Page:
Excess packets that match a class do not spill over into class-default. Class-default has the packets they don't match an explict prior class. Sort of a "none of the above" class. (If not explicity defined, CBWFQ still has an implicit class-default.)
WRED tracks an average queue depth. As each packet is added to the class queue, a check is made to see whether the packet should be dropped.
In your example you're using precedence based WRED. So if the packet has an precedence of 2 and the average queue depth is 24, the packet would not be dropped. If the average queue depth was 257, every precedence 2 packet would be dropped (effectively FIFO tail drop). If the average queue depth was between 96 and 256 there is a change of packet being dropped. (Strait line probability; zero drop at 95 and 1% at 256.)
With regard to retransmissions, generally depends on what the protocol does about dropped packets.
Hope this helps.
I've found in practice, and especially on low speed WAN interfaces, multi-tier tail drops works better than staggered random drops.
Let us assume there are 3 classes configured, classA (priority 4), classB (priority 3)and classC (priority 2) and each has been allocated 25% of the interface bandwidth. Each class is configured for precedence based WRED.
1. During period of non-congestion (Link is not congested but the individual Queue is full).
Let's say, classA queue is FULL. Whereas the other classes are empty (0). Will the packets arriving in classA be dropped or would be sent to class-default.
Tail-dropping the packets in the above scenario would be sub-optimal since additional interface bandwidth is available. Dropping packets on non-congested interfaces resembles policing than congestion management.
Using "congestion management" we define the minimum reserved bandwidth for each class during congestion.
2. During period of congestion.
What happens when queue is FULL and the interface is experiencing congestion too.
Thanks for the previous reply and would appreciate any ideas.
Assume for this discussion you're not doing any class traffic shaping or class traffic policer, nor are you using a LLQ class.
If the link isn't congested, there shouldn't be any queuing in any class. When there is link congestion, packets queue up in the class queues. When there are queued packets in any class or classes, there shouldn't be any additional link bandwidth, since bandwidth settings set floors, not ceilings.
When multiple classes compete for bandwidth, they share it based on their ratios. Using your example of a setting of 25% for all classes, and if there were only packets in classA, they would obtain 100% link bandwidth. If packets were in two classes, they each would get 50% of the link bandwidth. If packets are in three classes, they each would get a third of the link's bandwidth.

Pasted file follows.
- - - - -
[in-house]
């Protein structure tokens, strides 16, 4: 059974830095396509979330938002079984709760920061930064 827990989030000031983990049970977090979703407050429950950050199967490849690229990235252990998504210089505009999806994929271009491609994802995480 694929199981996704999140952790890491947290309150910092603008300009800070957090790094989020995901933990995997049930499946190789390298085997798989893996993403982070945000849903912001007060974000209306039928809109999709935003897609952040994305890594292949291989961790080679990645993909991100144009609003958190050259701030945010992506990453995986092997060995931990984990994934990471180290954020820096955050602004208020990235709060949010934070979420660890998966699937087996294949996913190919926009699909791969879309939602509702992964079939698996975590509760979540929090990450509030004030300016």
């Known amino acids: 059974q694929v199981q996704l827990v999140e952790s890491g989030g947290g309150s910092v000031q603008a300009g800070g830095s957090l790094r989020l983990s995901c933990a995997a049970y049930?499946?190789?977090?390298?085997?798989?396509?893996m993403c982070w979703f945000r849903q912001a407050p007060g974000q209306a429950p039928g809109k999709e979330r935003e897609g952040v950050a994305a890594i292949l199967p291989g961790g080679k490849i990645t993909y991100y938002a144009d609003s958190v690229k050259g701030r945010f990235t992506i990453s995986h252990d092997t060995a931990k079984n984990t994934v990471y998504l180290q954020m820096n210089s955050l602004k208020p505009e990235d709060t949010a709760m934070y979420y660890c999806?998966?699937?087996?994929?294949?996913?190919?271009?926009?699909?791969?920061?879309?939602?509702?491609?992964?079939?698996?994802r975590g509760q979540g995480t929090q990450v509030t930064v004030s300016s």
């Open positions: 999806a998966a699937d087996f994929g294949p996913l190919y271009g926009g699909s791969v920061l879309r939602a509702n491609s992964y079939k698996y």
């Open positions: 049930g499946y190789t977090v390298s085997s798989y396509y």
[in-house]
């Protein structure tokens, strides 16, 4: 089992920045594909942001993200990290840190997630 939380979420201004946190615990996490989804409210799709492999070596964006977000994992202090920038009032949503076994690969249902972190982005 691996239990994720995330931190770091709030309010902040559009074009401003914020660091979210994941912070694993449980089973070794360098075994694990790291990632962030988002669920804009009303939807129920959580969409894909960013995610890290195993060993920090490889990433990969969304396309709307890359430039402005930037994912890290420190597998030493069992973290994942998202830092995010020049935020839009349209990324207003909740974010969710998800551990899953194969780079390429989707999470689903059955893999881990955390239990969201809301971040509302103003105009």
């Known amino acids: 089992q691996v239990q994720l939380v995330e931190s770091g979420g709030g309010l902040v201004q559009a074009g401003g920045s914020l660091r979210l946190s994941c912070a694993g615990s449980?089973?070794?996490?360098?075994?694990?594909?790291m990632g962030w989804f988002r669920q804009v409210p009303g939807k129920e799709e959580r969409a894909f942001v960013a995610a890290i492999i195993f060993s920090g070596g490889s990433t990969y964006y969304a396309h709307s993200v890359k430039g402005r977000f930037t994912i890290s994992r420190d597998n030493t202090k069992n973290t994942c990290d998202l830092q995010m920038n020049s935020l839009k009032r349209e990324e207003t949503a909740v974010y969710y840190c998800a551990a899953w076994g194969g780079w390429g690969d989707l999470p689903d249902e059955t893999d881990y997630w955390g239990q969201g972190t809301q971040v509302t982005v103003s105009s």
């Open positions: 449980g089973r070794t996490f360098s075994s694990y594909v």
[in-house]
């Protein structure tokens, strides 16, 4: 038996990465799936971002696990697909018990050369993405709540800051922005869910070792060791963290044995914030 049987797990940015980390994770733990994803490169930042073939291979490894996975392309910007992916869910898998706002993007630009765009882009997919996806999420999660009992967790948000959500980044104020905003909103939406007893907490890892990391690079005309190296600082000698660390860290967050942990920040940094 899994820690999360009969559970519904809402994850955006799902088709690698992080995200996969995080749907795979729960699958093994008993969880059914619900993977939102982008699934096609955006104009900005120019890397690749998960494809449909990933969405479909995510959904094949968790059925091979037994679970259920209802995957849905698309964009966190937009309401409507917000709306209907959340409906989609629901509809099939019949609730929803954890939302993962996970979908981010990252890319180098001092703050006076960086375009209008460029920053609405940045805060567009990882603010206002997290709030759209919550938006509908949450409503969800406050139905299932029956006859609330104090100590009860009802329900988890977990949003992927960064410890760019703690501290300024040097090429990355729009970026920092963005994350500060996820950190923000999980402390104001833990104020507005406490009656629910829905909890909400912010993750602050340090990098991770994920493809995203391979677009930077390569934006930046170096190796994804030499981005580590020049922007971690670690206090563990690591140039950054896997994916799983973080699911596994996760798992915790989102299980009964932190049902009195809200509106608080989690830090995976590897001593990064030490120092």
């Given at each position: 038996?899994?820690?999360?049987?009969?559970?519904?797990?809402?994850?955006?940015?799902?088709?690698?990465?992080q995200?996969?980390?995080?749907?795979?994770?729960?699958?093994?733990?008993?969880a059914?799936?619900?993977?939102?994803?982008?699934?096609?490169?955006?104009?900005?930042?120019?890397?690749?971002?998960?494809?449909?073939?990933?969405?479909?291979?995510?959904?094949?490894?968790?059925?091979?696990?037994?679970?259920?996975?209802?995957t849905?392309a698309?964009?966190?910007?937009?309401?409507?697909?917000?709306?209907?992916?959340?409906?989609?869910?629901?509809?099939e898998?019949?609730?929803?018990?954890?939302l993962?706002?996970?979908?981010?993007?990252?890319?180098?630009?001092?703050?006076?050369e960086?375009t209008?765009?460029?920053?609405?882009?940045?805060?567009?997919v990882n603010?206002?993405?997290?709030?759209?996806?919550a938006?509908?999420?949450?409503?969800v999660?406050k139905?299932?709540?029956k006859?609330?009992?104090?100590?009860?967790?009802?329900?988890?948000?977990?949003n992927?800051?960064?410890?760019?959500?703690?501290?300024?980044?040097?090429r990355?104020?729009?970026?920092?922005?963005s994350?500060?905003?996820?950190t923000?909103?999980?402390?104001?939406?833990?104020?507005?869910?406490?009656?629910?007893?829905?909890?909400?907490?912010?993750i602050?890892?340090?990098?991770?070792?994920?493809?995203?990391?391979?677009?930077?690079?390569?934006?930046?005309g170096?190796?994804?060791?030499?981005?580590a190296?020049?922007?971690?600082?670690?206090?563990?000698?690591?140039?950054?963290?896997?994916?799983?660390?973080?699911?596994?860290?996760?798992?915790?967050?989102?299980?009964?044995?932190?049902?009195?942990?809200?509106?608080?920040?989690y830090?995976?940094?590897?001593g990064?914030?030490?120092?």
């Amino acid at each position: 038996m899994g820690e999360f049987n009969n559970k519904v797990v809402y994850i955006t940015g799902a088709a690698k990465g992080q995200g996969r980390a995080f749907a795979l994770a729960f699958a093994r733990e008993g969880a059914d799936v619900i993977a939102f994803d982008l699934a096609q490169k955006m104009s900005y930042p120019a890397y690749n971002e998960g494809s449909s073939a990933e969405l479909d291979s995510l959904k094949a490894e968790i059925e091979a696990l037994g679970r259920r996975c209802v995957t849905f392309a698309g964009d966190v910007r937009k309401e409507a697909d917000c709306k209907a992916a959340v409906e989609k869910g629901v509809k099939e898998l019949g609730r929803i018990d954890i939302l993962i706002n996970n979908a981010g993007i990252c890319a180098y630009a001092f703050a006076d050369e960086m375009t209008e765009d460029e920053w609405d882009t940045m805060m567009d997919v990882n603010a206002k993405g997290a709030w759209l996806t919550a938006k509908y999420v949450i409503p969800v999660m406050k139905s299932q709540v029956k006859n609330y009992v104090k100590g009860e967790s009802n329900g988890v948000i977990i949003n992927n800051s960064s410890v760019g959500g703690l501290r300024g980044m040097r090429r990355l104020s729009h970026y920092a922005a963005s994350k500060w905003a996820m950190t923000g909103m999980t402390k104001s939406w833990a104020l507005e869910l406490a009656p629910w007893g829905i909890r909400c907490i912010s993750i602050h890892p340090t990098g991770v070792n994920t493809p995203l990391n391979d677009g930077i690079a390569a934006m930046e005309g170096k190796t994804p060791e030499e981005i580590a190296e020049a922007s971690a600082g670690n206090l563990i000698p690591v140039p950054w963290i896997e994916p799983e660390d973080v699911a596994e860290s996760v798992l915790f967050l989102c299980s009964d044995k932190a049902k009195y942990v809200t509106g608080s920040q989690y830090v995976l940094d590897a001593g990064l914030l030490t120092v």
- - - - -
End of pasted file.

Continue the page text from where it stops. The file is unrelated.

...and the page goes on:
If you had defined classA to have 20% and classB and classC to each have 10%, any class by itself would get 100% of the link bandwidth. If all three classes had packets, classA would obtain 50% of the link while classB and classC would obtain 25% each. If just classB and classC, each would get 50%. If classA and classB (or classC), classA would get two thirds and classB would get one third.
As for WRED, its real purpose is to try to better manage a TCP sender's transmission rate and to avoid global synchronization of TCP flow rates.
As for ideas, instead of jumping into managing individual classes, and WRED settings, I suggest you try CBWFQ with just a class default defined that uses FQ. That alone often does very well. (Avoid using FQ in class default if you have any other classes other the LLQ on non-7500s.)
Next level up would be to either mark traffic with IP precedence, FQ will weigh flows (believe you get the ratios of 1:2:4 if you use precedences of 0, 2 and 4), and/or LLQ for real-time traffic.
Where individual classes can be handy is when dealing with TCP vs. non-TCP traffic. Some non-TCP traffic can't tolerate drops like TCP can, so mixing both in the same class that has drops can be a problem. Also, TCP should slow with drops, non-TCP often doesn't, which if they are in the same class usually has the non-TCP traffic capturing all the class bandwidth.
If I understand right, without the implementation of WRED for individual classes, during congestion the individual classes would compete for class-default bandwidth in the ratio of allocated bandwidth.
Now, if WRED is configured per class and the no of packets in the queue exceeds the max-threshold the excess packets would be tail-dropped resulting in the source to slow the transmission rate rather than compete for class-default bandwidth.
WRED is a drop management technique used within a class. It doesn't have anything directly to do with the class-default class's interaction with other defined classes or how the classes compete for bandwidth.
Class-default competes for bandwidth against other user defined classes within the policy.
The part that might be confusing is there's always a class-default. If you don't define it, it's implicit. If it's not explicitly defined, or if you defined it, but without FQ, I believe it defaults to 25% of the available bandwidth.
Yes, when WRED's max-threshold is exceeded, it tail drops just like FIFO. Whether the source will slow depends on the protocol the dropped packets are from. TCP should slow, many other protocols will not.
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